Last summer, I went walking at Aira Force and came across some unusual patterns on some of its trees. I do love trees. They bring the beautiful countryside into cities, towns and villages. They exchange live-giving oxygen for deadly carbon dioxide. They provide shade in the heat and shelter for mankind and creatures big and small that live in or depend upon them. Many act as hosts to parasitic plants, which otherwise would not flourish. Trees attract life-giving rainfall and many of them have medicinal properties which aid and protect human life. Finally, they are beautiful in their own right. What a wonderful gift of creation they are!
The English Lake District is of course full of trees. Lakes are surrounded by trees of all shapes and sizes, and swathes of woodland dot its fields and lower fell sides. Trees are an integral part of the Lake District landscape and enhance its beauty. Even individual trees can be important to this essentially rural community’s sense of history and identity.
The strength of feeling many in humankind have towards trees can range from the sentimental to the brusque. In November last year, an outcry by Cumbrians and visitors denounced the cutting down of a 110-year old monkey puzzle tree at Brockhole Visitor Centre because it was blocking the view of Lake Windermere from the terrace.
AN ICONIC Lake District monkey puzzle tree is being felled this afternoon – despite a high profile campaign to save it. . . .
The monkey puzzle, planted at Brockhole by Beatrix Potter‘s cousins the Gaddum family, is being axed by the Lake District National Park Authority as part of a controversial redevelopment of the Edwardian garden.
I have to admit I felt sorry that a healthy tree should be cut down for the sake of a better view. Brockhole is only two miles from Blenheim Lodge, our Bed and Breakfast in Bowness-on-Windermere. However, closer to home, I also found myself mourning the death of a fine conifer situated two doors away from our guest house. The conifer, like that monkey puzzle tree, compromised a smidgeon of our view. Even so, I would rather have continued to see it alive and thriving than being chopped up for firewood!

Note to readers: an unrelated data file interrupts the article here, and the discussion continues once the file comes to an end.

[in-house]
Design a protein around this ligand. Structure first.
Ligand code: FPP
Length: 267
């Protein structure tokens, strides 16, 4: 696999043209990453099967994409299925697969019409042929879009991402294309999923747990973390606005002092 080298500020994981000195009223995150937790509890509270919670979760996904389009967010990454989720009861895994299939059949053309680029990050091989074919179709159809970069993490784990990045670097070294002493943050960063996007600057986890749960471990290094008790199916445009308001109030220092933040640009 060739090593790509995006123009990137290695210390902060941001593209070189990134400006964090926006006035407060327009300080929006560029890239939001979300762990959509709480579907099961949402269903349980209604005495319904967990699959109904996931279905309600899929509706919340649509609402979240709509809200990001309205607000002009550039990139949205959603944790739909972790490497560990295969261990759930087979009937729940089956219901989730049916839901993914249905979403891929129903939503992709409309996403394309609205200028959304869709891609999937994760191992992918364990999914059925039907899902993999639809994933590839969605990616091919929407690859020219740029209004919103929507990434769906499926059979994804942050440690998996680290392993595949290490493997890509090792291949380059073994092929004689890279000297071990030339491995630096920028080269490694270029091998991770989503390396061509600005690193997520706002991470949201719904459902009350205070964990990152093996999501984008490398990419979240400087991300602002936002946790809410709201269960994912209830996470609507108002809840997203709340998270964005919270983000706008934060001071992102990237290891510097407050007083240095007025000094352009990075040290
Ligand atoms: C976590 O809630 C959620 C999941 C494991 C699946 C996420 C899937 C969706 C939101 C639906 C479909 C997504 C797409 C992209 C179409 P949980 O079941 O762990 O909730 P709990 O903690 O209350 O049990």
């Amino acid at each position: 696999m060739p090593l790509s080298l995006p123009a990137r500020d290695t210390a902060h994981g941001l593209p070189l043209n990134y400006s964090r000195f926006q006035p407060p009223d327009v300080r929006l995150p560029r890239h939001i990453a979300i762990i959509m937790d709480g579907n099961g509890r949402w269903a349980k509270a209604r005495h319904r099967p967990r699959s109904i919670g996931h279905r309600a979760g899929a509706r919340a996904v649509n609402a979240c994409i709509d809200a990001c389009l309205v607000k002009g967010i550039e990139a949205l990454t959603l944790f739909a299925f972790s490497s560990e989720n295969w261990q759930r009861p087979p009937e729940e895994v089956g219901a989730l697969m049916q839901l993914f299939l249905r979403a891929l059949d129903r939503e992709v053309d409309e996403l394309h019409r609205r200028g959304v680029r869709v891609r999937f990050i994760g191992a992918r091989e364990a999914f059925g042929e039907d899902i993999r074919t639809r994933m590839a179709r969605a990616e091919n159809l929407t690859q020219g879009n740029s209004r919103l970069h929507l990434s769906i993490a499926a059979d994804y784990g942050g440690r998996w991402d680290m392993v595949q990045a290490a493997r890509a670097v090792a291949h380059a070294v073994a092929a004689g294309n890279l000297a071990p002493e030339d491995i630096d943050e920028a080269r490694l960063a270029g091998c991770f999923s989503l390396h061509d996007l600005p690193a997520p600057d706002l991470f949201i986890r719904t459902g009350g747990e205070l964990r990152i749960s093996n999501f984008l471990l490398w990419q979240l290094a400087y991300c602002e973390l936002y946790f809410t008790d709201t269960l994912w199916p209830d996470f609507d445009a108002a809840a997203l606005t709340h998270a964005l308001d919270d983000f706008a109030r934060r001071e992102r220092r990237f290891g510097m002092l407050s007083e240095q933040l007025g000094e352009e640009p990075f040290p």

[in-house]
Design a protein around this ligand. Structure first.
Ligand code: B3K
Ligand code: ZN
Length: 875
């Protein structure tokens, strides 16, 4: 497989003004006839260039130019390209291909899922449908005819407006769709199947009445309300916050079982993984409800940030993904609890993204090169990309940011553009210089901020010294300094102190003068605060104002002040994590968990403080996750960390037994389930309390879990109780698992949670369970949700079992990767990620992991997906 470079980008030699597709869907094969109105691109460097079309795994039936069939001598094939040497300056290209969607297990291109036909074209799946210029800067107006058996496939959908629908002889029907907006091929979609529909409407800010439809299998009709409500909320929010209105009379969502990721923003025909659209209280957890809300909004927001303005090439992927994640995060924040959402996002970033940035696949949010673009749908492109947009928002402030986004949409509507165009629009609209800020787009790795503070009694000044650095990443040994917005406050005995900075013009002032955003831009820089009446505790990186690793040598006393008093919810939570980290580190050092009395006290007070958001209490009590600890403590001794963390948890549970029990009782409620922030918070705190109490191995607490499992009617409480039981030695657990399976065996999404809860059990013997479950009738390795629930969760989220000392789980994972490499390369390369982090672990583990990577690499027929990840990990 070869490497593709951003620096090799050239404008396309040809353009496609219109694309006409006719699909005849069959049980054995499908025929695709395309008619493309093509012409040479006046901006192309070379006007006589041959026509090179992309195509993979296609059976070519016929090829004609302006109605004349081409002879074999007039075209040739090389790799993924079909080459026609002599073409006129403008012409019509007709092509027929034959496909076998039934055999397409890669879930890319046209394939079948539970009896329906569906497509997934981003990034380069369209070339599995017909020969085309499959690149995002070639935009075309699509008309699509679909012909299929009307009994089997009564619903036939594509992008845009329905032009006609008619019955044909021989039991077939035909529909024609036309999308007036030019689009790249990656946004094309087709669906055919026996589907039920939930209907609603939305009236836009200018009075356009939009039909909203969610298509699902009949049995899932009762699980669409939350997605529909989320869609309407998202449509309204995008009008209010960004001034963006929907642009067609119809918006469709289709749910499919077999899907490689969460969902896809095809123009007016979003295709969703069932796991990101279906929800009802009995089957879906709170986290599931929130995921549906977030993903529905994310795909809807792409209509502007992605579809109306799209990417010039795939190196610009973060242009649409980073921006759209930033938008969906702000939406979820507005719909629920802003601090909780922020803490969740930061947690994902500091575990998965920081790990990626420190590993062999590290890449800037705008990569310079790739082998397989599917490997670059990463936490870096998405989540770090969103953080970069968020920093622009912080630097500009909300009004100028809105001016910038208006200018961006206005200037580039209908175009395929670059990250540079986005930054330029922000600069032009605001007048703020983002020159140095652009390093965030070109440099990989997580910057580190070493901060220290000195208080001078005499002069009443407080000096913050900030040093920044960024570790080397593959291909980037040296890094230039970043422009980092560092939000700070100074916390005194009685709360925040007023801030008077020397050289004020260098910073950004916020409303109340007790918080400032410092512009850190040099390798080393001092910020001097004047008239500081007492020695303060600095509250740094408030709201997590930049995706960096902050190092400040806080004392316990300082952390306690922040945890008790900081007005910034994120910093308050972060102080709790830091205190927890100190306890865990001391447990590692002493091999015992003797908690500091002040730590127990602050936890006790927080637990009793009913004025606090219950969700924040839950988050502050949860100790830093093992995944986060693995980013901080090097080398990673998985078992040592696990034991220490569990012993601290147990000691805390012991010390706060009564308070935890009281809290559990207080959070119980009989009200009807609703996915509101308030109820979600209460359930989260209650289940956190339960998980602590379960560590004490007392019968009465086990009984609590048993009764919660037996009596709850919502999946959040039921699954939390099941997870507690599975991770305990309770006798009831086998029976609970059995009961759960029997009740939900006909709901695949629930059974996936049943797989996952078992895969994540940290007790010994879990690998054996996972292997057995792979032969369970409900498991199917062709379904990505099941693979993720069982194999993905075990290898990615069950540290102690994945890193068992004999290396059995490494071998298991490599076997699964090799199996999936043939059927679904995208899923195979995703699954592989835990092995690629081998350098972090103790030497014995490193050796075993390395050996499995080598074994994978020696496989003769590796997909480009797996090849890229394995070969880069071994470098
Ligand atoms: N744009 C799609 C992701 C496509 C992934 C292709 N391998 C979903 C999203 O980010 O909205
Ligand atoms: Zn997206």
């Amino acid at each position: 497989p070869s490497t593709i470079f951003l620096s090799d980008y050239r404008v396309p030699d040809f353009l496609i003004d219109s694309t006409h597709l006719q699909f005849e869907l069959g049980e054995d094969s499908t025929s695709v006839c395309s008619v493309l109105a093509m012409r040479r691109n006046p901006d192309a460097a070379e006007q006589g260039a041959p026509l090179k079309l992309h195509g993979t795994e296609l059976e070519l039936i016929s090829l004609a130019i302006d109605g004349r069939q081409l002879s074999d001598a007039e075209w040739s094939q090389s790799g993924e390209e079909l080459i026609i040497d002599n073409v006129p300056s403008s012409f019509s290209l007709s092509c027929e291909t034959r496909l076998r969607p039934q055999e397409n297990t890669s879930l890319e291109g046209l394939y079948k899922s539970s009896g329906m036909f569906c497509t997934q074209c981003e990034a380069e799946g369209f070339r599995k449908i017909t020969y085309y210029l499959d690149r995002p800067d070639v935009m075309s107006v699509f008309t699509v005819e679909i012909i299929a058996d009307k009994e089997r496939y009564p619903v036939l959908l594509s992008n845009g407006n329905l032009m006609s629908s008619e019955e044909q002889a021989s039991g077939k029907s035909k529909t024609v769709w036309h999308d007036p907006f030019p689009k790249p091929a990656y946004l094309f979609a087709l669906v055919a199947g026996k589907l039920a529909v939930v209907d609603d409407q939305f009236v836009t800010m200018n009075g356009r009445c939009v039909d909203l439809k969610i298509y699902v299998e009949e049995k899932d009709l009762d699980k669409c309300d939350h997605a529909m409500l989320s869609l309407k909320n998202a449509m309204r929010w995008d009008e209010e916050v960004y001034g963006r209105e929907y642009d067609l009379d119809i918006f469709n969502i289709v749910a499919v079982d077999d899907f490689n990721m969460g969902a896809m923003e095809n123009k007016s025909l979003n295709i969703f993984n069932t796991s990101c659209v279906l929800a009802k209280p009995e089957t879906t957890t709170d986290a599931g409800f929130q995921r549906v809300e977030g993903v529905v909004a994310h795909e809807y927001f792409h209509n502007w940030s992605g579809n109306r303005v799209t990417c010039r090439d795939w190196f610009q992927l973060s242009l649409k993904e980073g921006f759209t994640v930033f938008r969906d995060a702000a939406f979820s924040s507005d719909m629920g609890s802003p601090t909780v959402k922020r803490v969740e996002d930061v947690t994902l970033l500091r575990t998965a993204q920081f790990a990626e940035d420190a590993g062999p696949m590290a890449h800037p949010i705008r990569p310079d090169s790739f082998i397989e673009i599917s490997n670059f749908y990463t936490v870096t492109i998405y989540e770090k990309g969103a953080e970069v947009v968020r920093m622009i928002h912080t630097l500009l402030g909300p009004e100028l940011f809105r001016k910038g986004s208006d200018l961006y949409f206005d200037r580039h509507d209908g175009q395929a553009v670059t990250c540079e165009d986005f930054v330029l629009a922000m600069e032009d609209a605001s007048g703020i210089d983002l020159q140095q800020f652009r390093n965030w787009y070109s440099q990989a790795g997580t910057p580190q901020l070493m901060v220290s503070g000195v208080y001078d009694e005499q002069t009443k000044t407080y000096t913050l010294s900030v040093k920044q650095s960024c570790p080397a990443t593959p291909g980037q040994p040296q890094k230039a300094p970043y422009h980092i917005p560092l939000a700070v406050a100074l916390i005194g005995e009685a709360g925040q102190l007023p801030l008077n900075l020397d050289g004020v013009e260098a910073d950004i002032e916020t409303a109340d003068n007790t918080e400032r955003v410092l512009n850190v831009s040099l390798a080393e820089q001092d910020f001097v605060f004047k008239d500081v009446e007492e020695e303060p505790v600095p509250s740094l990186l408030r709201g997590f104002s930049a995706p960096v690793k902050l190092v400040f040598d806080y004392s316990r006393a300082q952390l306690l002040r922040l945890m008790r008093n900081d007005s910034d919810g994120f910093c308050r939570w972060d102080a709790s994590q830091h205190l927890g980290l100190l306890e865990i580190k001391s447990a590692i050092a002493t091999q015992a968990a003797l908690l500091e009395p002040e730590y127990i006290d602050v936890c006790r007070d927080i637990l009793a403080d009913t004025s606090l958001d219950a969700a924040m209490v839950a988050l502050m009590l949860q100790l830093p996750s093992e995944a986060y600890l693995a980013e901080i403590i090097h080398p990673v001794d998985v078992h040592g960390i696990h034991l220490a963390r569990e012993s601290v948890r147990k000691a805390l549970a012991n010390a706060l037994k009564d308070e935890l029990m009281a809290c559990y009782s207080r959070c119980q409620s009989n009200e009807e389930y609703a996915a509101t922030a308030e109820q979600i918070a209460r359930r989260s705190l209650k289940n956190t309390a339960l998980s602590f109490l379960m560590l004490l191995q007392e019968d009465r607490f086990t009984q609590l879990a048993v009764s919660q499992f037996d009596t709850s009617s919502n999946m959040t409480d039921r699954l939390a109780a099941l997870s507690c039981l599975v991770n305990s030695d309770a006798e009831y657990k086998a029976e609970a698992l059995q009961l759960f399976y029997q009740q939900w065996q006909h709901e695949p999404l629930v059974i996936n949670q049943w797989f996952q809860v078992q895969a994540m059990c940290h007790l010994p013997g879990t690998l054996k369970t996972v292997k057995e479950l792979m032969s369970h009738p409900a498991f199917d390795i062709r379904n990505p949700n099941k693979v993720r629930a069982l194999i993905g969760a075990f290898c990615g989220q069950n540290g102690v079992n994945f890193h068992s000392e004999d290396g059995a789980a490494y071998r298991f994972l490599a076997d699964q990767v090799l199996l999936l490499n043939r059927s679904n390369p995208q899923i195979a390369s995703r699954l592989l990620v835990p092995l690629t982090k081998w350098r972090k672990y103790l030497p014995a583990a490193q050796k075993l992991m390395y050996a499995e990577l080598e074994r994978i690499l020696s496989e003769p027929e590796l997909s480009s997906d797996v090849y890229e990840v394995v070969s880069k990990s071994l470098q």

Blenheim Lodge nestles into National Trust fields and woodlands, and I am glad that the trees, plants and creatures living in these acres are protected. So many people take such joy in walking through woods and glades, and perhaps glimpsing the wild creatures that reside therein, that it would be a shame to despoil such habitat – not, of course, so much for the humans; but particularly so for the creatures that live and thrive in this lovely countryside.
Reports on acres of woodland being razed or chopped down because of Man’s consumerism make me cringe at just how unworthy we are as caretakers of God’s natural world. Because of our greed, we have managed to decimate animal numbers either by violently killing them off or by despoiling their habitats. Creatures of the earth have become sport to us, and this is so even in remote regions of the world. Recently, I was saddened to see on a BBC documentary entitled ‘The Polar Bear Family and Me’ video images of starving polar bears consuming discarded foam and plastic floats which fishermen had carelessly left adrift in the Artic Sea, only to beach on the glacial shores that these animals were on. (www.bbc.co.uk/programmes/b01pyql5)
Blenheim Lodge is a member of Responsible Travel, which seeks to minimise the impact of our presence on the environment. I feel strongly about the natural world not because I have an affinity with all wild animals and environments. Rather, I think that since we all share one world, we should look after it the best we can, and respect the environment and its inhabitants, whether they live in, out, or on the water, earth and sky.
Blenheim Lodge . . . panoramic Lake views, peace and tranquillity, nestled against acres of beautiful fields and woodlands, in the heart of the English Lake District National Park.’
Visit our website: www.blenheim-lodge.com
Telephone: 015394 43440